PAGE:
So, I don’t mean to flog a dead horse by singling out I Kissed Dating Goodbye (IKDG), but I almost inevitably will, at least a bit. The wildly popular Christian anti-dating guide has come under a great deal of scrutiny in the last few years, as those who entered adulthood at the height of its popularity have started to assess its impact and legacy. Its author, Josh Harris, has apologised for the damage IKDG caused to a lot of young people, and is currently undergoing a process of listening to criticism, examining the ways the book caused harm to its audience. Its failings have been widely brought to light and discussed. However, I’m writing about it here because, thanks largely to IKDG, the themes and theories of the what has been called the “courtship” movement (or the “purity” movement), had an impact on lives far beyond its birthplace, the US conservative Christian subculture, even making their way across the pond and into some relatively mainstream UK churches. It’s hard to separate the book from the movement it played a massive role in promoting. Besides which, the story about Anna’s nightmare from IKDG, which I relate below, serves as a vivid encapsulation of the thinking behind the courtship/emotional virginity movements.
So from here on in, there is going to be at least some small amount of horse-flogging. I can’t help that. Because between blows, I wanted to reflect on my own experiences, from my own perspective, having grown into adulthood listening to the rhetoric of the purity movement. And I wanted to write about three concepts promoted by IKDG and the broader courtship movement, (even if the terms they use differ from what I’ve used here): emotional virginity, courtship, and the heart as a finite resource that can be given away. Read More
So I came across this video of Justin Bieber and his pastor friends at a recent Hillsong conference. Hillsong, for those who don’t know, is a very trendy chain of churches, with a worship band that makes incredibly popular praise music. One of the men featured in the video is Carl Lentz, quite simply the hippest of the current crop of hip pastors, whose Hillsong campus has famously been visited by celebrities like Bieber, Selena Gomez, and Chris Pratt.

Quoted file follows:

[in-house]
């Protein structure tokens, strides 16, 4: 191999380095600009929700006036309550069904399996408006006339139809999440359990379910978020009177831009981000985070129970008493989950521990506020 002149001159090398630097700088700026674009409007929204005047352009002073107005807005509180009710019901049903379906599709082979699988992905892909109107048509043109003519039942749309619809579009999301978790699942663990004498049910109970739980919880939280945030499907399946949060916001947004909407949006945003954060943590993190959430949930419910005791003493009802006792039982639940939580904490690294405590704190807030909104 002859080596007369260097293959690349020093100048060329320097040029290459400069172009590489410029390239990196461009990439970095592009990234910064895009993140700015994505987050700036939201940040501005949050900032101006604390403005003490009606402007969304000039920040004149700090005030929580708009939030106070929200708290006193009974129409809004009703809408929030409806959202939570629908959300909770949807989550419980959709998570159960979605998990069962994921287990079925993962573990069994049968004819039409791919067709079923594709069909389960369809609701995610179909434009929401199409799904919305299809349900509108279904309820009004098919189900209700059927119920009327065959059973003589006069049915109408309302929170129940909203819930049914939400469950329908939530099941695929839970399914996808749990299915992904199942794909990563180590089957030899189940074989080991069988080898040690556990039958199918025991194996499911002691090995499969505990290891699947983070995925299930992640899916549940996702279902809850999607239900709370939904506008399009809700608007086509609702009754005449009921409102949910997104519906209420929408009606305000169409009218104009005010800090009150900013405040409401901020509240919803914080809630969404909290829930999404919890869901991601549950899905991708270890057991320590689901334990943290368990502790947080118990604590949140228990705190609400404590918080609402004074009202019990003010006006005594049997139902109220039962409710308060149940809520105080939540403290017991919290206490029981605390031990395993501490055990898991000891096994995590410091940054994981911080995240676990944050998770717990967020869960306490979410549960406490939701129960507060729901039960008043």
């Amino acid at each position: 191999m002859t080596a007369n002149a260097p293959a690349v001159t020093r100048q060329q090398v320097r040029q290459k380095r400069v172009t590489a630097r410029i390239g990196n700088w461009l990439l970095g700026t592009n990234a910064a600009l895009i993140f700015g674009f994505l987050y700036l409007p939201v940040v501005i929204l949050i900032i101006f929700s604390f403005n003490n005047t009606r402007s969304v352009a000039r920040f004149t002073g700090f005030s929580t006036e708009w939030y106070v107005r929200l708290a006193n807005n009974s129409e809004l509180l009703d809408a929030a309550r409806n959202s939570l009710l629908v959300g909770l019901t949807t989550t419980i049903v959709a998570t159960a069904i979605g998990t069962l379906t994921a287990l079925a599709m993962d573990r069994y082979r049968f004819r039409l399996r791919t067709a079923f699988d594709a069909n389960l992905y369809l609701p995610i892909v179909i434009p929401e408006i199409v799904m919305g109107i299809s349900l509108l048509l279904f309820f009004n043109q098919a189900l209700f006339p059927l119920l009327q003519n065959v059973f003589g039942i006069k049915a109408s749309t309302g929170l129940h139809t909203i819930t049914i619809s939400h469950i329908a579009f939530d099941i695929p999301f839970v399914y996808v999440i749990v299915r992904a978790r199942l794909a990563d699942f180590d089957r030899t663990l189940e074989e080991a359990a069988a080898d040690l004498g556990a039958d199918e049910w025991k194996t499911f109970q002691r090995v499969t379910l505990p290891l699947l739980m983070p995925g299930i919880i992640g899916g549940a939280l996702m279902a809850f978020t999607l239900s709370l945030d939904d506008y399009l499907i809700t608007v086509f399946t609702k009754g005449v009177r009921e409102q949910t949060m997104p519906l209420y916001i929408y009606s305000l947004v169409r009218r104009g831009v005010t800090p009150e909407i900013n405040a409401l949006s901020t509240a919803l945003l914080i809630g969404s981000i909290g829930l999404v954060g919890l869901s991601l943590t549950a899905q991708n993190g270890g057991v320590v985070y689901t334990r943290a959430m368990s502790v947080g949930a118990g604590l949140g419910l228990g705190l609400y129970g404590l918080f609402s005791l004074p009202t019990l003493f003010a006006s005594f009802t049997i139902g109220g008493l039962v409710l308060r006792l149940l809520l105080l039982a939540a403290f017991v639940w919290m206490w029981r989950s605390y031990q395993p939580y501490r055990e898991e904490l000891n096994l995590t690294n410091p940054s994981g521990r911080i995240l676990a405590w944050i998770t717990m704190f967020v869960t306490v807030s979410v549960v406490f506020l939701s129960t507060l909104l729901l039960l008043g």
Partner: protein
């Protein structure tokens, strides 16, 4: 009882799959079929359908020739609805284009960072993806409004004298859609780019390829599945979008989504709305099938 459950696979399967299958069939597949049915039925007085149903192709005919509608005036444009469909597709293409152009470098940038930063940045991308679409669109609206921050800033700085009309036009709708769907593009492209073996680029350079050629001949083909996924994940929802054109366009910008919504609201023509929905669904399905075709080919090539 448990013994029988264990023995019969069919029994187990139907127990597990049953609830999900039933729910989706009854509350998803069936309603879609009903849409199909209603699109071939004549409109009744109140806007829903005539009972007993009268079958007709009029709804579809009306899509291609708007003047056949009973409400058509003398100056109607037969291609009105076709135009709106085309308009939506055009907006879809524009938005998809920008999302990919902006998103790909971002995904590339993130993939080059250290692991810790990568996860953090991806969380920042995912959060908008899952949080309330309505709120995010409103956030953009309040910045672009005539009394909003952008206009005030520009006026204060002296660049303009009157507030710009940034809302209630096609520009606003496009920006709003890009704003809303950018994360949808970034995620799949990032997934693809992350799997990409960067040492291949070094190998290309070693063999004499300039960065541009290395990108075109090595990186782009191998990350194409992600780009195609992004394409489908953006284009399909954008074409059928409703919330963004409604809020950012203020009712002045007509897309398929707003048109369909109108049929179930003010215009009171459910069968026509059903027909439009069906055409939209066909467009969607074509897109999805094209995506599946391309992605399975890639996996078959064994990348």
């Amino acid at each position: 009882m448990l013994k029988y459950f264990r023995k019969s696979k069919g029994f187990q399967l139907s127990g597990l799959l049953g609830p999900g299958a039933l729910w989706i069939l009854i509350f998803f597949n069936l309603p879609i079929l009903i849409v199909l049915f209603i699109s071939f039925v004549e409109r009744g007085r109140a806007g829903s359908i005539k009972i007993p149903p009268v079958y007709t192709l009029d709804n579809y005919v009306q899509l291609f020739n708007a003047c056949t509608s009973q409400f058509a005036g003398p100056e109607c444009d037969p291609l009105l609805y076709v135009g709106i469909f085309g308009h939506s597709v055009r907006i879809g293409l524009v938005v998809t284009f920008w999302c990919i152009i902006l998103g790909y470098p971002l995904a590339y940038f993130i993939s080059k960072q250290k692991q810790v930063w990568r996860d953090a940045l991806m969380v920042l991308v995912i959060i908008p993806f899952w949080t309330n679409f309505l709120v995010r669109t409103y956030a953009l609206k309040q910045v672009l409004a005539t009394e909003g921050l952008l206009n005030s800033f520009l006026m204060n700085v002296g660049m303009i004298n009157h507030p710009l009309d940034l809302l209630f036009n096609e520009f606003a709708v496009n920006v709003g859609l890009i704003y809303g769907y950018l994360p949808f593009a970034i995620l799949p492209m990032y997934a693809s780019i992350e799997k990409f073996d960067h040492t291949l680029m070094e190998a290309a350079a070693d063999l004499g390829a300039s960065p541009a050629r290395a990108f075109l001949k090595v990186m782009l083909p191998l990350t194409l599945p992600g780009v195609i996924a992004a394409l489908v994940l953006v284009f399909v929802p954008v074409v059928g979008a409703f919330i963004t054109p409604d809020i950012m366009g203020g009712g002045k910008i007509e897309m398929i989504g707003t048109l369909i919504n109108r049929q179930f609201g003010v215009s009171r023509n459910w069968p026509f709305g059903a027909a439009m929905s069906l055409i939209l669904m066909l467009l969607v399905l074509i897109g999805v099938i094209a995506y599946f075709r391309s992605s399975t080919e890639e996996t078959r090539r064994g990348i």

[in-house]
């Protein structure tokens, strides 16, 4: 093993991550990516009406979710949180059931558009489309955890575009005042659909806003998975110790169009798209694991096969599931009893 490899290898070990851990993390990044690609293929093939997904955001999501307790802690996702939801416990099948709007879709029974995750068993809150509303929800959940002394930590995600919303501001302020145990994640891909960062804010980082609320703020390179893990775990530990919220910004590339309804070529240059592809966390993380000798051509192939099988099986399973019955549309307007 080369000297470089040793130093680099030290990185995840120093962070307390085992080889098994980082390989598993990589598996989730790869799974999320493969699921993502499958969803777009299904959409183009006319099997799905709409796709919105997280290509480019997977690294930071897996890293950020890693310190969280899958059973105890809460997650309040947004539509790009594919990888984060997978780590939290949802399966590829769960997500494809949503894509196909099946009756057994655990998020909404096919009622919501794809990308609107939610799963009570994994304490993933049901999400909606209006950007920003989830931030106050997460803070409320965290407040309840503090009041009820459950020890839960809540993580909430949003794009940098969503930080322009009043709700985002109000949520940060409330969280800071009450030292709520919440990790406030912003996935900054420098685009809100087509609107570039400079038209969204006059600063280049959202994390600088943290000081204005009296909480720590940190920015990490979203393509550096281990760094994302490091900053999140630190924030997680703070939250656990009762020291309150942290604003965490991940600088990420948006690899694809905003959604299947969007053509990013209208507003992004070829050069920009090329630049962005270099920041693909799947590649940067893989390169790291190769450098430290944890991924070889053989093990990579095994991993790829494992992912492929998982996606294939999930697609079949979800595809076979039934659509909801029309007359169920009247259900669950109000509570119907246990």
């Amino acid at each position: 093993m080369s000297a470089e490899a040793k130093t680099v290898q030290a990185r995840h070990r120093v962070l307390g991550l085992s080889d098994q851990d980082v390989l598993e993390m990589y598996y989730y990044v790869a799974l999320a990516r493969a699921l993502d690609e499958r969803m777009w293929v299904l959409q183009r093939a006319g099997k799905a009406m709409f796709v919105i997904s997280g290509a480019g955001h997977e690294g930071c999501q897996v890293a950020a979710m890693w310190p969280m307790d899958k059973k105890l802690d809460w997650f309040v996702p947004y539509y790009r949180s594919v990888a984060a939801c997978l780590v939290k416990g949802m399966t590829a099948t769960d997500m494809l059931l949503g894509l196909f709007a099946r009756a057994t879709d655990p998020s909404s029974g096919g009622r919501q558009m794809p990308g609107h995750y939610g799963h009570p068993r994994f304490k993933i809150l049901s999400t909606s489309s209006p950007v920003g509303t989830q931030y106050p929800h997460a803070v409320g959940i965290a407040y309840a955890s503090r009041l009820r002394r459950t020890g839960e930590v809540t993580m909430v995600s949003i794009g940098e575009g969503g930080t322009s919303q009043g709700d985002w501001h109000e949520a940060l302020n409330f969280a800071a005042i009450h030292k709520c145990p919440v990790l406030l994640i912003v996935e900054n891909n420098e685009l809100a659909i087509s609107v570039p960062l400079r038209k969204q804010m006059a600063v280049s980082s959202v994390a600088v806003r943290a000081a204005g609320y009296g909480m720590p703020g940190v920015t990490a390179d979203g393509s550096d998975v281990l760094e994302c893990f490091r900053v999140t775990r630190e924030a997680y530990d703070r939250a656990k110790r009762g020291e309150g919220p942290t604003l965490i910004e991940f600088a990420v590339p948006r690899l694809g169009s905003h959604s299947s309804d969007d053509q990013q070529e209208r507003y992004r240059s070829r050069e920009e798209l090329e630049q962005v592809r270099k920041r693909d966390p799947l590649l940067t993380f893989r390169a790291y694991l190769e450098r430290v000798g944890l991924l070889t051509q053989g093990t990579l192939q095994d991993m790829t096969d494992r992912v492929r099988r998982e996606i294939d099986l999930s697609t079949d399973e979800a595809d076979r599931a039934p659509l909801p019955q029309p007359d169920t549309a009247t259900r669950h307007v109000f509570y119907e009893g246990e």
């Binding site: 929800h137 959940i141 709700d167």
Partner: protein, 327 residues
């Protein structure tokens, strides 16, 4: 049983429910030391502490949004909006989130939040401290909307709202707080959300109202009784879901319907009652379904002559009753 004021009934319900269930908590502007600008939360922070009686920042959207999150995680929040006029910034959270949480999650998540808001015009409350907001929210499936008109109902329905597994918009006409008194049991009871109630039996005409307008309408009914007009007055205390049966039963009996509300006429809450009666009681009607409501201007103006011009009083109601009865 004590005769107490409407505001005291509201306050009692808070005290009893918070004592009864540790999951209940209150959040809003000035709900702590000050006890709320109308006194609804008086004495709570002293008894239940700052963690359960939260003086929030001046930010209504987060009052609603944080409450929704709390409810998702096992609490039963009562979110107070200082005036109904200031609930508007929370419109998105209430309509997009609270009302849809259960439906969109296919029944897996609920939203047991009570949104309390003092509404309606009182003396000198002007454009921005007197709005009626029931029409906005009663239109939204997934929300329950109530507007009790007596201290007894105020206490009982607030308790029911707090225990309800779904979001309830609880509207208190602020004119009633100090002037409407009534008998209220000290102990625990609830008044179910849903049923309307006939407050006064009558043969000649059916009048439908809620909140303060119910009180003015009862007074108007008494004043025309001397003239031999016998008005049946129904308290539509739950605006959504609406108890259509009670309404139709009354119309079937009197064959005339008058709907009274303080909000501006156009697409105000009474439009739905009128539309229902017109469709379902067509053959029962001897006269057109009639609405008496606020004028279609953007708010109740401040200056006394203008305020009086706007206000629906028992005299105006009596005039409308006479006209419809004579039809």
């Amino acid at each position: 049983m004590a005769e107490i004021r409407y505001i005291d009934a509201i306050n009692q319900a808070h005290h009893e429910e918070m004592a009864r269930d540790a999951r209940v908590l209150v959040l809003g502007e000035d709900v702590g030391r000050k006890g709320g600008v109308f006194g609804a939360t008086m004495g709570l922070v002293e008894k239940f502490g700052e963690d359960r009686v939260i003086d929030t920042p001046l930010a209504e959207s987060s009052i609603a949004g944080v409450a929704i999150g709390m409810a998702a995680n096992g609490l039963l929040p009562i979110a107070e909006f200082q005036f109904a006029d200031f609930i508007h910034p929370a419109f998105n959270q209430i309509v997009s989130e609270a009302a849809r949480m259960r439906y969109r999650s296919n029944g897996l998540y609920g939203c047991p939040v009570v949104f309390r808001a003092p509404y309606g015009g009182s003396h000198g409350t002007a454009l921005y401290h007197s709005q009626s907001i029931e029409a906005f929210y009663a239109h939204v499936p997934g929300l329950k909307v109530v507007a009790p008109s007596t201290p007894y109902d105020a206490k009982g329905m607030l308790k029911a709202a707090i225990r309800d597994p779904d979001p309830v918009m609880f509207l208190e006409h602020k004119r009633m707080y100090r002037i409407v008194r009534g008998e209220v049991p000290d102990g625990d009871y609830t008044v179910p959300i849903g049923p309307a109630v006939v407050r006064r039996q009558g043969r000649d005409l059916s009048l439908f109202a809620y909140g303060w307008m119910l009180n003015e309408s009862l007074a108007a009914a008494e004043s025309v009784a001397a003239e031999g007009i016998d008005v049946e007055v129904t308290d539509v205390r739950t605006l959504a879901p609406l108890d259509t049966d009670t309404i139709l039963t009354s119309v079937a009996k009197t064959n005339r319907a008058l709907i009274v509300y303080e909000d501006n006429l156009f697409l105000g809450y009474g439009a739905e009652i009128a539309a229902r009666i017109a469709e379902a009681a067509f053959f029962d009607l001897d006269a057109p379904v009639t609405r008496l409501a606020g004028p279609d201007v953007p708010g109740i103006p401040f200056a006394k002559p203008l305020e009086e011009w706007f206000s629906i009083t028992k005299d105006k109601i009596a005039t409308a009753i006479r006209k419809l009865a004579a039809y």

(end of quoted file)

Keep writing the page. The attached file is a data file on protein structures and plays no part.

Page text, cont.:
Now obviously the video is mocking them, and I’m not sure how I feel about that. However, I’ve shared it here because of the phrase Chad Veach, a pastor (and amateur drummer?), says again and again in various ways starting at 1:17: Read More
We have reached the anniversary of an important landmark on the road to equality for LGBTQ people. It has been fifty years this week since the Sexual Offences Act was passed, which partially decriminalised homosexuality in England and Wales. Despite some great leaps forward for LGBTQ people around the world, the last five decades have sadly not been an unimpeded march of progress: Only this week, Trump announced via Twitter that trans folk are no longer welcome in the US military. Meanwhile, Russia is denying the torture and murder of LGBTQ people in Chechnya. Despite all the progress made in some nations, the big and small injustices and indignities endured by one of the world’s most misunderstood and beleaguered minorities, continue apace.
So in light of all this, I’ve been thinking about how my own views on homosexuality have changed over the years, and I’ve been meaning to write a post about it for a while now. I’ve been remembering back to the homophobic attitudes I not only encountered when I was a Christian, but even held myself to some extent. People of all religious persuasions and none can be homophobic, of course, but most of my firsthand experience of homophobic remarks, attitudes, and actions occurred when I was a Christian spending time with other Christians. Read More